From Sega Retro
|T-series code: T-162|
|Headquarters: Menlo Park, California, USA|
Digital Pictures was a North American video game company founded in 1991 by Ken Melville and Tom Zito. They made most of their income developing and publishing games that made use of full motion video (FMV) technology, starting with Night Trap, a game originally designed for the cancelled NEMO system by Hasbro, later ported to the Sega Mega-CD. Night Trap is widely credited as being the first game completely reliant on full motion video.
They almost single handedly carried the Sega Mega-CD 32X hybrid platform, being involved with four out of the six games to be released on Mega CD 32X discs.
Digital Pictures as a company failed along with the genre it invented. Towards the end of the 1990s consumer interest in FMV games dropped, and Digital Pictures struggled to sell their games as a result.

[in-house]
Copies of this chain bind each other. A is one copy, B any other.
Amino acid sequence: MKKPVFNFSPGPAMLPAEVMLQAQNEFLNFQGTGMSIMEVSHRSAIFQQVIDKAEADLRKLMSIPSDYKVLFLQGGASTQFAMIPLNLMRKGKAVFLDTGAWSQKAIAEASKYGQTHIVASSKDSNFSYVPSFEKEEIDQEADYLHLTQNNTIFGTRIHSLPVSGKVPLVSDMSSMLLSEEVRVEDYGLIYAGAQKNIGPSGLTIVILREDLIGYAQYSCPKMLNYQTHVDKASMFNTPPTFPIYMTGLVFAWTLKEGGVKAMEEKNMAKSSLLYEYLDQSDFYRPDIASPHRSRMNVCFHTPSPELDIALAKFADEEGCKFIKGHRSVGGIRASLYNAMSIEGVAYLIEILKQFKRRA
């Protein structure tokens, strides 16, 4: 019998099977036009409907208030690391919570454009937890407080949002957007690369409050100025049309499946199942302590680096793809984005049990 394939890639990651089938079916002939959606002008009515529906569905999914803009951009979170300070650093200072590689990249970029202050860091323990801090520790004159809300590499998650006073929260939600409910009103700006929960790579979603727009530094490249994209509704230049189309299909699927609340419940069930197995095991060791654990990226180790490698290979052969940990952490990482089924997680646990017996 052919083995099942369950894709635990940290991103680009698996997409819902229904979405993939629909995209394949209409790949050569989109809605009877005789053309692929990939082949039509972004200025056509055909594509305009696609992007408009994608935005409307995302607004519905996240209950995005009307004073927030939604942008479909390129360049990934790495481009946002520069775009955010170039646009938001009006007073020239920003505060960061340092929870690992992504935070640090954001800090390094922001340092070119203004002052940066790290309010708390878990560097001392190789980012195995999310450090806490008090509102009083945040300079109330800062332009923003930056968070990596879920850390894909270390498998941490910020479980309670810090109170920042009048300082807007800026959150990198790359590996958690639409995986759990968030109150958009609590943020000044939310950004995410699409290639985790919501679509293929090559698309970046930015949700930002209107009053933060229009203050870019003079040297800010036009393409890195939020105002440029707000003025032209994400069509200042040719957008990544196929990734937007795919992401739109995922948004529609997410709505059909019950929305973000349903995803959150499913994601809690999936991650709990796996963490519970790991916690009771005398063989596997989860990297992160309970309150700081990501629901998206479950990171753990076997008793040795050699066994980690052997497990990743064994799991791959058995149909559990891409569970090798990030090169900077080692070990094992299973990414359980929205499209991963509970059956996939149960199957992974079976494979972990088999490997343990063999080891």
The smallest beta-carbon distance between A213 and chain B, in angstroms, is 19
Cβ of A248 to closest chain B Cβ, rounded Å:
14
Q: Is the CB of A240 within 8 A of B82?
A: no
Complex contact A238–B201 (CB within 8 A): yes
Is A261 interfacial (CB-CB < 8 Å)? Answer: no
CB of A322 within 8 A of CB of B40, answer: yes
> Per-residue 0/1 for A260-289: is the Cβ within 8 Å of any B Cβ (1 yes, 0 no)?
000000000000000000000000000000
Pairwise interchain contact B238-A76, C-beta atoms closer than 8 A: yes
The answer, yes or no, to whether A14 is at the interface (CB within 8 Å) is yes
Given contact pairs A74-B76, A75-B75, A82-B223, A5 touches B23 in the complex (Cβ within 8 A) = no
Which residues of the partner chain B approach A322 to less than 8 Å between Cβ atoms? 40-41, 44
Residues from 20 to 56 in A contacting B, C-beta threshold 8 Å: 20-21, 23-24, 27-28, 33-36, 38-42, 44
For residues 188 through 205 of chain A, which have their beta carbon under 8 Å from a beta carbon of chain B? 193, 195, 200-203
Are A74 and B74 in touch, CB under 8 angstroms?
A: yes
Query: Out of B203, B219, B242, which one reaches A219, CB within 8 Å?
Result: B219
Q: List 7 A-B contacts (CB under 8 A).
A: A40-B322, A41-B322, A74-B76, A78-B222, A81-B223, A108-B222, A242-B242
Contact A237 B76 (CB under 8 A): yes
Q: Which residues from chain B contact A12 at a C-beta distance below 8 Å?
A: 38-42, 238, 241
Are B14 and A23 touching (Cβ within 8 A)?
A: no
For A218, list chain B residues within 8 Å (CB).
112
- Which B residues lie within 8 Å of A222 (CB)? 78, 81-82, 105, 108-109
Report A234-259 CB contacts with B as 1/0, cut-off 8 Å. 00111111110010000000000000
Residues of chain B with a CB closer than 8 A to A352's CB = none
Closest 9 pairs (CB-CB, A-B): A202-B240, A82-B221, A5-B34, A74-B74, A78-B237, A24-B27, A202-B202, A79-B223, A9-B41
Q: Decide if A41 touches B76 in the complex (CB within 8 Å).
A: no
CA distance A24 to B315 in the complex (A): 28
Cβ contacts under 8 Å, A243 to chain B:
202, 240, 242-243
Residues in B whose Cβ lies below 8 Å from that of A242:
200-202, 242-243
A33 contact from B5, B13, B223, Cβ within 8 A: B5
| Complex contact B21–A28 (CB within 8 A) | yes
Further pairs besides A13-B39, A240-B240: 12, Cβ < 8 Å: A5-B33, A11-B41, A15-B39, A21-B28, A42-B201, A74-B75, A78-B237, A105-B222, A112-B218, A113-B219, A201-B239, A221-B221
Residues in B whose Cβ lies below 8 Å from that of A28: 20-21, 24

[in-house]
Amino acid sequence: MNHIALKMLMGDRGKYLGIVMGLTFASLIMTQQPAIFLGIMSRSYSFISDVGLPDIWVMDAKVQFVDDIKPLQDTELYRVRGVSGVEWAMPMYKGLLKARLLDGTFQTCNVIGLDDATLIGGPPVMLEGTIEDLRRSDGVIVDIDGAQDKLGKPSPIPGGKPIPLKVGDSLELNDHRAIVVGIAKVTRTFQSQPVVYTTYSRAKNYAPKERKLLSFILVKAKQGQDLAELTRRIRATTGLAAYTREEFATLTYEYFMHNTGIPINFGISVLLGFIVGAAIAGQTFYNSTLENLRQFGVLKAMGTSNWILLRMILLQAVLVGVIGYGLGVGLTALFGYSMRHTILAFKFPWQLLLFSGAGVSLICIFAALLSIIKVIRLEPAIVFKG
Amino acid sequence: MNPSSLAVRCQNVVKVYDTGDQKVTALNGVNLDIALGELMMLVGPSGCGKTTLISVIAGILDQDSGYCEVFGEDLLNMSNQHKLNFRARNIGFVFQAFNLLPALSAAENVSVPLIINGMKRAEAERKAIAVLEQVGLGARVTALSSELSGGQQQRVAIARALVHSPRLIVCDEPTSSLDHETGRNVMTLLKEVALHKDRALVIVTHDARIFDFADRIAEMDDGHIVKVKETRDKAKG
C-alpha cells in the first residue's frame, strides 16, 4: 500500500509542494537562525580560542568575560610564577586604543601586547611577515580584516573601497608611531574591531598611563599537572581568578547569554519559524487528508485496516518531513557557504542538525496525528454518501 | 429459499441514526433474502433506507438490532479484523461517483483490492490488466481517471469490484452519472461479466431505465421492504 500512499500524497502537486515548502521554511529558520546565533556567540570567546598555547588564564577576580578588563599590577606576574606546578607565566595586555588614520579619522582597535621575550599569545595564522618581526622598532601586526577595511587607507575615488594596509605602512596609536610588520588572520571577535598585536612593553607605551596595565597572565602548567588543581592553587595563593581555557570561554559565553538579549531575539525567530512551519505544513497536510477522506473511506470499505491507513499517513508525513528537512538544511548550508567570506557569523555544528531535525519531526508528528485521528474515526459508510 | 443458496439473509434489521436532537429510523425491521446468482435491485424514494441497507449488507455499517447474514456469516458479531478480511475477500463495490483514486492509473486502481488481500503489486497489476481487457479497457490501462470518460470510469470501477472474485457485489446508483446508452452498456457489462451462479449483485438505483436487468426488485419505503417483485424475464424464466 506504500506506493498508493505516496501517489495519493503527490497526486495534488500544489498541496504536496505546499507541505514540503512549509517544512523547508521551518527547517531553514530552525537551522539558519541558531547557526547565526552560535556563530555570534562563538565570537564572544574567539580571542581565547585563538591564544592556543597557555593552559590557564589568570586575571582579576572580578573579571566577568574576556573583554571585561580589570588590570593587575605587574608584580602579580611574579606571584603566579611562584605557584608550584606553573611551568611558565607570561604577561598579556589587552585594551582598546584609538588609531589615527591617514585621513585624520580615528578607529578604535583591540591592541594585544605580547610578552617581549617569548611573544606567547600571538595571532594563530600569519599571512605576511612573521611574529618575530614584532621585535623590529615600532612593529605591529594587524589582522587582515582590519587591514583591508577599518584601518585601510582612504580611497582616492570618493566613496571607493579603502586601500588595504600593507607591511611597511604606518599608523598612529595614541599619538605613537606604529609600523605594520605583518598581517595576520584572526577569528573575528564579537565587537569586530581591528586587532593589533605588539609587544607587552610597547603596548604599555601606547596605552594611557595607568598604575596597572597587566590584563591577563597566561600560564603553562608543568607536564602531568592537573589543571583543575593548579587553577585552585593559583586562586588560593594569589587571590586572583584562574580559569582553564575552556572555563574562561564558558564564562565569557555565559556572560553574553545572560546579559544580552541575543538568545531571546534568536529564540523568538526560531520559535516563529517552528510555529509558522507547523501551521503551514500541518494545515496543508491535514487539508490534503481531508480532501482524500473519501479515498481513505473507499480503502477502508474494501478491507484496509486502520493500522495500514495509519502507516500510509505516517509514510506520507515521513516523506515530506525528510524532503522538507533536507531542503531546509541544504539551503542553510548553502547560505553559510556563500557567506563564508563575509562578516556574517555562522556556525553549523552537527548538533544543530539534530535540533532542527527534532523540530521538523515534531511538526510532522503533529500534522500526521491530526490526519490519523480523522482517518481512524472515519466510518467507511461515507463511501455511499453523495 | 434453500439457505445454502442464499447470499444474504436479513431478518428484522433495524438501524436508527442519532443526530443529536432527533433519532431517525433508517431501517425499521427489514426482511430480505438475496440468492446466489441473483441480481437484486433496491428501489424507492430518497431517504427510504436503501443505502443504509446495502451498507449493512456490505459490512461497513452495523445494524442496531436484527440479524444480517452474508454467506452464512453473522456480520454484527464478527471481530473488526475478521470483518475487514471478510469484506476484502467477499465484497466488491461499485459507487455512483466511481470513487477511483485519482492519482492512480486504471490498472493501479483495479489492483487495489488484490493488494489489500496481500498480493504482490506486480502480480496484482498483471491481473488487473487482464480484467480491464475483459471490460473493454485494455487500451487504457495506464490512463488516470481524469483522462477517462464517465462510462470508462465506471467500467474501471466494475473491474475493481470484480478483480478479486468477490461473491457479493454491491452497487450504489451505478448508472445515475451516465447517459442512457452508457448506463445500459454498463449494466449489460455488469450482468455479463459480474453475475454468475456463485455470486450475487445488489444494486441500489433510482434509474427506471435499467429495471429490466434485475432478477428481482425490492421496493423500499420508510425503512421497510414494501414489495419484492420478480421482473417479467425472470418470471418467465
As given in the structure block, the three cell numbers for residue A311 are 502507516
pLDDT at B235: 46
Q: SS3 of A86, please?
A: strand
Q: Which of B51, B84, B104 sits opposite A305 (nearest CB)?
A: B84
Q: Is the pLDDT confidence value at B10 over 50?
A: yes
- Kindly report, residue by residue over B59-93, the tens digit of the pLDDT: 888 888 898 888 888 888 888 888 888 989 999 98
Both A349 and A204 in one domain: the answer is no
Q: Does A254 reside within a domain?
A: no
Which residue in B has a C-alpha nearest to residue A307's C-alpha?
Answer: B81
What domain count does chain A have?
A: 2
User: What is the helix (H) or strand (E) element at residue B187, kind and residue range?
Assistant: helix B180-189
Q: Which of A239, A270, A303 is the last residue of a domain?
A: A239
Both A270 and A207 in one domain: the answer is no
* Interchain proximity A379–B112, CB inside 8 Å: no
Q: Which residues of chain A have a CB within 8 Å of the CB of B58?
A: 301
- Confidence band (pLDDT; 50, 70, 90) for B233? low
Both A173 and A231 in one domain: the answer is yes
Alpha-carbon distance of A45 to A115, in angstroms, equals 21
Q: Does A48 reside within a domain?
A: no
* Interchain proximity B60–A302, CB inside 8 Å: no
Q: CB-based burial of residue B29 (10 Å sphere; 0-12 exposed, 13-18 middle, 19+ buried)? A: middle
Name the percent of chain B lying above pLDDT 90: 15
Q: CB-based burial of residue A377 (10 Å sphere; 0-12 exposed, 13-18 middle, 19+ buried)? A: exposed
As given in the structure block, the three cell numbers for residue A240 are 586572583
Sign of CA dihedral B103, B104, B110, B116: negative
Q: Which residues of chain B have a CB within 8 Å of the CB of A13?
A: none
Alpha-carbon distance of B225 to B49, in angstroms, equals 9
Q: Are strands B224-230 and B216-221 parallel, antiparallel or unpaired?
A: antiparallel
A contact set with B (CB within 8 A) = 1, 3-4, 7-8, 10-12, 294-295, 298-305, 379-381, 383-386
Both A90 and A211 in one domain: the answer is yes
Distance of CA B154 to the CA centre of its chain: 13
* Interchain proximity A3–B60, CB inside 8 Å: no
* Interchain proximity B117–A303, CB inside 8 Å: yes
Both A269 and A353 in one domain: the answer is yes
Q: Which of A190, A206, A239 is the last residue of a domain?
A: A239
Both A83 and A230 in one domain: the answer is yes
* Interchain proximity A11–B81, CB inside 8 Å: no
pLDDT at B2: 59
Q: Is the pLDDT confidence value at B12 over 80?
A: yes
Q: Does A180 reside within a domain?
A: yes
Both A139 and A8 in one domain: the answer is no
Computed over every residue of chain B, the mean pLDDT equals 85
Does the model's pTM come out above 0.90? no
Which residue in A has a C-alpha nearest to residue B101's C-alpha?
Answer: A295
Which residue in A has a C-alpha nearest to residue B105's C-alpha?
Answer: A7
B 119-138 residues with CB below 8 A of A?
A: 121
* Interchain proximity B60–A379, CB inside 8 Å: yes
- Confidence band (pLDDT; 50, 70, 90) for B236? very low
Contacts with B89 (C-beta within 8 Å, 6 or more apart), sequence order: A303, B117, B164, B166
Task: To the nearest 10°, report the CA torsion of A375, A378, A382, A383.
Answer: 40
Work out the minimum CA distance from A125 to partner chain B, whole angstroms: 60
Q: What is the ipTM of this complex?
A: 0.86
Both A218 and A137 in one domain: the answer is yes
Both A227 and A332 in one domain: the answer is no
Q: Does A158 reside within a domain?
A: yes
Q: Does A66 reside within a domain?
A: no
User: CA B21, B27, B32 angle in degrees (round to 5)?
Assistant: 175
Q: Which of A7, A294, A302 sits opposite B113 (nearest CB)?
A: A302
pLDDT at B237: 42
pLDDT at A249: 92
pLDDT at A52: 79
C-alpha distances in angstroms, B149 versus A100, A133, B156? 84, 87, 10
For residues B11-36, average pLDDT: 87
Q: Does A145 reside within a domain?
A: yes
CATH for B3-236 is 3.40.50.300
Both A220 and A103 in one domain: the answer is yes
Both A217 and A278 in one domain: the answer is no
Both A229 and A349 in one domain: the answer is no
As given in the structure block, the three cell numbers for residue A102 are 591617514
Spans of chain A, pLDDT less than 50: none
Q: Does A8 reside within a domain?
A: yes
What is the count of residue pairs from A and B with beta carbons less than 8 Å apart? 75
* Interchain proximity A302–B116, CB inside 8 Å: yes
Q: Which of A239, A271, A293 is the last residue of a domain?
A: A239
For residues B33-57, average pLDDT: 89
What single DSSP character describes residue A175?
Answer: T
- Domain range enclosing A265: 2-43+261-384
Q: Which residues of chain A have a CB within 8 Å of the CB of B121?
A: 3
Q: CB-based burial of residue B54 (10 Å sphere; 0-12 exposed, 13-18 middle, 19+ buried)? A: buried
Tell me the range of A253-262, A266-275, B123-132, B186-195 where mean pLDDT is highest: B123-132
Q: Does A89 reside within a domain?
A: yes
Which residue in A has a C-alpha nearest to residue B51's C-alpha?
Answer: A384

Certain Mega CD games by Digital Pictures contain a short redbook audio CD track of a phone ringing with a male voice answering "Good afternoon, Digital Pictures", followed by a backwards playback of several voices saying "number nine" ("enin rebmun"), a reference to The Beatles song Revolution 9. The message is a hint for Sewer Shark - if the player turns left (referred to as "niner" in the game) three times the player will not hit a wall.
- Night Trap (1992)
- Make My Video: Marky Mark and the Funky Bunch (1992)
- Make My Video: Kris Kross (1992)
- Sewer Shark (1992)
- Make My Video: INXS (1992)
- Power Factory Featuring C+C Music Factory (1992)
- Double Switch (1993)
- Prize Fighter (1993)
- Ground Zero Texas (1993)
- Supreme Warrior (1994)
- Corpse Killer (1994)
- Kids on Site (1994)
- Slam City with Scottie Pippen (1994)
- Citizen X (unreleased)
- Bug Blasters: The Exterminators (unreleased)